Against this backdrop, I can't decide if this is a vignette of grinding nerdery — a minor litany of stuff none of us would be doing right now if there was a girl waiting at home — or just a sign that we're all engaged, like it or not, in some process larger than ourselves. I guess this isn't exactly a binary proposition. You start to build a thing and it takes over huge chunks of your life. These are mundane efforts, but from any one of them you can extrapolate a small world, and because you can I'm not sure any of us have much choice as to whether we will. This is how it becomes dangerous to get more than a couple of us in a bar at once. You inevitably wind up with a jargon-laced collapse into some highly ramified but ultimately incoherent group tirade about problems of representation and expression.

Saturday, November 6

POSTED

We found a couple more abandoned mines today.

I've read more than few pieces of genre fiction mythologizing mining in the West, but I've realized lately that I'm almost totally ignorant of the real history and technology. Still, I've gotten a lot better at recognizing the physical profile of the actual sites. Around here it seems to consist, approximately in the order they're usually encountered, of:

  • Decaying log cabin.
  • Big pile of stuff. (Waste rock, tailings, etc.)
  • Remnants of mechanism(s) for piling and/or smashing stuff.

  • Intimidating signage.
  • Hole in ground where stuff used to be.

In this part of the state, at least, the hole tends to have been filled in, collapsed, or sealed. Frequently by a state agency whose publications have a strong flavor of STOP THAT YOU ARE GOING TO FALL IN A HOLE AND DIE. I spent a fair amount of time as a kid falling through various components of rotting wooden agricultural buildings, which leads me to guess that their stated feelings on the matter have some basis in fact. Or at least a basis in not wanting to extract tourists with busted ankles from holes in the ground.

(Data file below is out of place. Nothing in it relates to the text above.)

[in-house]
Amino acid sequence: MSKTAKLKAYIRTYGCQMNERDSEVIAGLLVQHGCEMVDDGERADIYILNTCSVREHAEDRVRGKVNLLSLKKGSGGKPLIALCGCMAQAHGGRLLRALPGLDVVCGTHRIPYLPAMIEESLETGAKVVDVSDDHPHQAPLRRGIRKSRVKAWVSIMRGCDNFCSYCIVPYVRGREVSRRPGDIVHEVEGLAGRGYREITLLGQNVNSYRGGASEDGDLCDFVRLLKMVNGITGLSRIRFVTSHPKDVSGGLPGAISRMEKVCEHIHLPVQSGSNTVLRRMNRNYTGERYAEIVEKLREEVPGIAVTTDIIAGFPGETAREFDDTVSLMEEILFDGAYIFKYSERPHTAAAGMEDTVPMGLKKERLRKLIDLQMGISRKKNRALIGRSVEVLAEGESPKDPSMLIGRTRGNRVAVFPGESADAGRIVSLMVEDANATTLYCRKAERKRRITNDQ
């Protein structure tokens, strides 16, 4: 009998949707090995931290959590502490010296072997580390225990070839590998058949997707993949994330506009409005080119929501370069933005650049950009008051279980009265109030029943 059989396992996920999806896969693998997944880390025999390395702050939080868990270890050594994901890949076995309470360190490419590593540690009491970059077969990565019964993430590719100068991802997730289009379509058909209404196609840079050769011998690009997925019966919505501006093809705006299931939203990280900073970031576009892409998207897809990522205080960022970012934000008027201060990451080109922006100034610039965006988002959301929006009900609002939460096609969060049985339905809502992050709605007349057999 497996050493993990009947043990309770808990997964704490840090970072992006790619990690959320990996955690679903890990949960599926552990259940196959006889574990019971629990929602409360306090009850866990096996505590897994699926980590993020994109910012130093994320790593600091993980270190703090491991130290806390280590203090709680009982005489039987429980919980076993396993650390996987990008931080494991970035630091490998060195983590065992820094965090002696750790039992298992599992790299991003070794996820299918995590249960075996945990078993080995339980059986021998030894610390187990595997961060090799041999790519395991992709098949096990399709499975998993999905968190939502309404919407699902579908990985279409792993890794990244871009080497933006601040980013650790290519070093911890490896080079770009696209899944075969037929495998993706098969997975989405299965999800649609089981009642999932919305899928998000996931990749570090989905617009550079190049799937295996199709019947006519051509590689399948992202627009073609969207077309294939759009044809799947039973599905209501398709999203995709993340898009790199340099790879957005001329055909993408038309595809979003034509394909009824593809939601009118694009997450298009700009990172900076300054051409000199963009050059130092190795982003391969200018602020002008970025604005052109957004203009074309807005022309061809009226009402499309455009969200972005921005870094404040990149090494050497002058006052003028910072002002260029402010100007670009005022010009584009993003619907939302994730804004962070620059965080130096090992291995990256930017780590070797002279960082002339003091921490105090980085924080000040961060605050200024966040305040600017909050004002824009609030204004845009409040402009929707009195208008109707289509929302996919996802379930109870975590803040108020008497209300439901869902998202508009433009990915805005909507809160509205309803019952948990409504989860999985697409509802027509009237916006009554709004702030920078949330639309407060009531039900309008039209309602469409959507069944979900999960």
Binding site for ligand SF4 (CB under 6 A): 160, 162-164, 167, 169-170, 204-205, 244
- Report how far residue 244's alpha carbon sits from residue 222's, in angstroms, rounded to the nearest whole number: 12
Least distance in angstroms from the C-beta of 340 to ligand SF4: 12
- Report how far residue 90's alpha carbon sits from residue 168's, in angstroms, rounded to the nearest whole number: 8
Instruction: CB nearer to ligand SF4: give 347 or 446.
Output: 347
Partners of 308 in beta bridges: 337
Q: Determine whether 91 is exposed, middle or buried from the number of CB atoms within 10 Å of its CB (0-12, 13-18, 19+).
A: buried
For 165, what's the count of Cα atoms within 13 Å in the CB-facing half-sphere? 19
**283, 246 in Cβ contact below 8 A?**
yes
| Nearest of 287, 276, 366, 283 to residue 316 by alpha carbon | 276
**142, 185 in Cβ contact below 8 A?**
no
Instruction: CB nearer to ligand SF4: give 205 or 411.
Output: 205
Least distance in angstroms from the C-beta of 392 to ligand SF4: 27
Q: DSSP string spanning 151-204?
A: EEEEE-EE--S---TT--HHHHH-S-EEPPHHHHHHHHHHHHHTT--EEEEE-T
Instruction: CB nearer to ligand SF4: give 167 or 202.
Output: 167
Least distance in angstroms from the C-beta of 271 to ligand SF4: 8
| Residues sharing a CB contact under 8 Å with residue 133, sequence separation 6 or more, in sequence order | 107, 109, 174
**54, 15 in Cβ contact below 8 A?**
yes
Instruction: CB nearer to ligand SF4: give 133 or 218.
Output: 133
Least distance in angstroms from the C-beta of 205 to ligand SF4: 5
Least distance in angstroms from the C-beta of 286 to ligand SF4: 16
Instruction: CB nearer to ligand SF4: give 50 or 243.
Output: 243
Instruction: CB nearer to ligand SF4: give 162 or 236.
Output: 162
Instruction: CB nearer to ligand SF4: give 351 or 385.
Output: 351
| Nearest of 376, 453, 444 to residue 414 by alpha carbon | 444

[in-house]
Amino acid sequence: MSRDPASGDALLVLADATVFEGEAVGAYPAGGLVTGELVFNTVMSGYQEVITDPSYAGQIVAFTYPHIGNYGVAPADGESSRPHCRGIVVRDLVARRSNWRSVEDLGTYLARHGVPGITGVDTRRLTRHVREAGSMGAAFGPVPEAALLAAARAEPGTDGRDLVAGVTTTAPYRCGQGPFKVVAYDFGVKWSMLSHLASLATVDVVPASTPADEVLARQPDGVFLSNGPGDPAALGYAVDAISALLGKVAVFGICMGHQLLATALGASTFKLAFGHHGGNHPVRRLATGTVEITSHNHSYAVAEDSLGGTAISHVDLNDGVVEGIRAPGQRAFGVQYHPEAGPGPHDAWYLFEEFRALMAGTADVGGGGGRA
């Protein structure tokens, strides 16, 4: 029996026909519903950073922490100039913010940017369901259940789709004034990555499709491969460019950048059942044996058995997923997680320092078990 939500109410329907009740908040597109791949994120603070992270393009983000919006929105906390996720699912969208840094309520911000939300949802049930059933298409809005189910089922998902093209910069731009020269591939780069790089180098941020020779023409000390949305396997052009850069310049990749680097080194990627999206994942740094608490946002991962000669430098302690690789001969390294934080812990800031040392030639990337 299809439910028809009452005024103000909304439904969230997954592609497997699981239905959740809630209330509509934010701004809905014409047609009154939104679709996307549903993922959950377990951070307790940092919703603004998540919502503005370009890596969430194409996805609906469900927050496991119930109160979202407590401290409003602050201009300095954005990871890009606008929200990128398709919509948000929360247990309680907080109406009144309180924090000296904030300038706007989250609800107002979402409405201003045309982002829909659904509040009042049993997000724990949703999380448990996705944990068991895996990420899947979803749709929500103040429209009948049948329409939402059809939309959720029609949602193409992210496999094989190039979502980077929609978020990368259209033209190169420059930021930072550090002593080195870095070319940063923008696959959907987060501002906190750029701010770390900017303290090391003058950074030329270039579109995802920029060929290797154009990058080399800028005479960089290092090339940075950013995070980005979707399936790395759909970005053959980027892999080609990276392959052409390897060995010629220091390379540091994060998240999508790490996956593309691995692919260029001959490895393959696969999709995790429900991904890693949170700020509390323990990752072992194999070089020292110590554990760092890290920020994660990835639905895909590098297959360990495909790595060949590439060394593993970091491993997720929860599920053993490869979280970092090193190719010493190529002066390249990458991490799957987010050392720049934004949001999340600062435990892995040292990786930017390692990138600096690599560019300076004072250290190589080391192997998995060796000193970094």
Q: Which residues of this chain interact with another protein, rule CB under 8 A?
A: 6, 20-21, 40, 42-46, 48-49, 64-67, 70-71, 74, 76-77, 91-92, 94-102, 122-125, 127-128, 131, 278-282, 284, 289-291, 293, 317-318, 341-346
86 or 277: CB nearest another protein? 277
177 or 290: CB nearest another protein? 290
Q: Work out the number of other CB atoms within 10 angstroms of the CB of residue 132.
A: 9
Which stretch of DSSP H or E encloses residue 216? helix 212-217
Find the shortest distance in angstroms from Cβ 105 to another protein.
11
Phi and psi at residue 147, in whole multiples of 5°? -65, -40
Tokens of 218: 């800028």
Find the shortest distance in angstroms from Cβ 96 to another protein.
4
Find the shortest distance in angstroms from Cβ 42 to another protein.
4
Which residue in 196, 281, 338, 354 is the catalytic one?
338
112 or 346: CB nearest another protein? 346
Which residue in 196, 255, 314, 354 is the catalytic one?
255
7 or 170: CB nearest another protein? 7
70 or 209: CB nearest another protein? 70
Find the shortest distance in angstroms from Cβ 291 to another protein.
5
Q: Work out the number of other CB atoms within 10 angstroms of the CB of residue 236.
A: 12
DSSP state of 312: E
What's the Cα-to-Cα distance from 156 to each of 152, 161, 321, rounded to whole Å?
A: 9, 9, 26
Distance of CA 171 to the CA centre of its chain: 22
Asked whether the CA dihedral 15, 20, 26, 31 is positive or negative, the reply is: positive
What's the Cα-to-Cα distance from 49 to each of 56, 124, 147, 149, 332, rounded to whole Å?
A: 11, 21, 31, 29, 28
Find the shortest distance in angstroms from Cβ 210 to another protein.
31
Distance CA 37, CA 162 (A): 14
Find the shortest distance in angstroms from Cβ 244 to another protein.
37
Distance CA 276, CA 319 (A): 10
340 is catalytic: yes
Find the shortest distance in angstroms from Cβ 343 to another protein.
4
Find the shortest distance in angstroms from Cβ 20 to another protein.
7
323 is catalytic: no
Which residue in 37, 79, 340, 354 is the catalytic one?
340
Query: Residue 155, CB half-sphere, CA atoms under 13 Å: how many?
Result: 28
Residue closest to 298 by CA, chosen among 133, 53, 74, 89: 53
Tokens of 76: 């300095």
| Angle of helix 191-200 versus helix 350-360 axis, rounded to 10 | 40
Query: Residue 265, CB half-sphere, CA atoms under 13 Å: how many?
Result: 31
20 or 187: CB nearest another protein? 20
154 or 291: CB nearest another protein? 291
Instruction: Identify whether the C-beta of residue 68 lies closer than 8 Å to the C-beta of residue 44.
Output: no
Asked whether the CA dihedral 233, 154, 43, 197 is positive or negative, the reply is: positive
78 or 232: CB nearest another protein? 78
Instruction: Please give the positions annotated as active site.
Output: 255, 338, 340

Friday, November 5

It's getting on towards midnight. We've given up on playing pool in seedy bars, and have moved on to sitting around in Ben's apartment playing with a pile of rare-earth magnets and ranting about jazz records, Pandora's recommendation algorithm, and whether it's possible for evolutionary processes to solve problems that aren't amenable to formal proof (or something like that). At some point, we may or may not drift into the territory of P=NP, one concept in a family of concepts in an entire discipline or two about which I am manifestly unqualified to comment. None of this will make any sense in the morning anyway.

Thursday, November 4

3951 words in, with the late October cheating. Approximately. Which leaves me at about half of what I ought to be at.

My fallback position for not knowing how to write about anything is writing about how hard it is to write. It's way too early in the month for that one, I suppose, but then again if I'm going to break it out at all I might as well just get it out of the way now.

Not very long ago, I was an undergraduate in History with a drinking team and a frisbee habit.1 It couldn't exactly have been a very demanding program, given that I got all the requirements in a couple of years and graduated with decent grades. What I recall though is that I used to routinely grind out these little 5 and 10 page papers in a night of furious and sometimes mildly intoxicated typing. They weren't exactly good — you don't have to read very many undergraduate papers to know that the only reason I got respectable grades for this crap is that the vast majority of 18-to-24-year-olds at your average state research institution are one tiny notch above functionally illiterate — but still and all, I'm pretty sure I've lost some kind of edge since then.

Maybe it's just that if I don't manage to meet my arbitrary wordcount goal for the night, nobody at all is going to be looking extremely disappointed while I bullshit excuses and ask for extensions. Maybe I just need more quiet judgment and tacit condemnation in my life.

Apropos of the other night's muddled ranting about Halloween costumes, I got to work this morning and Eric pointed me at a new interview with Berkeley Breathed, the man responsible for Bloom County. Here is the bit about deadlines:

RUSSELL: You've talked at length about your deadline insanity in "Bloom County"'s early days -- epic all-nighters, finishing comics on the plane ride over to the syndicate, etc. Did a passenger sitting next to you on a plane ever freak out to see you speed-drawing in the air?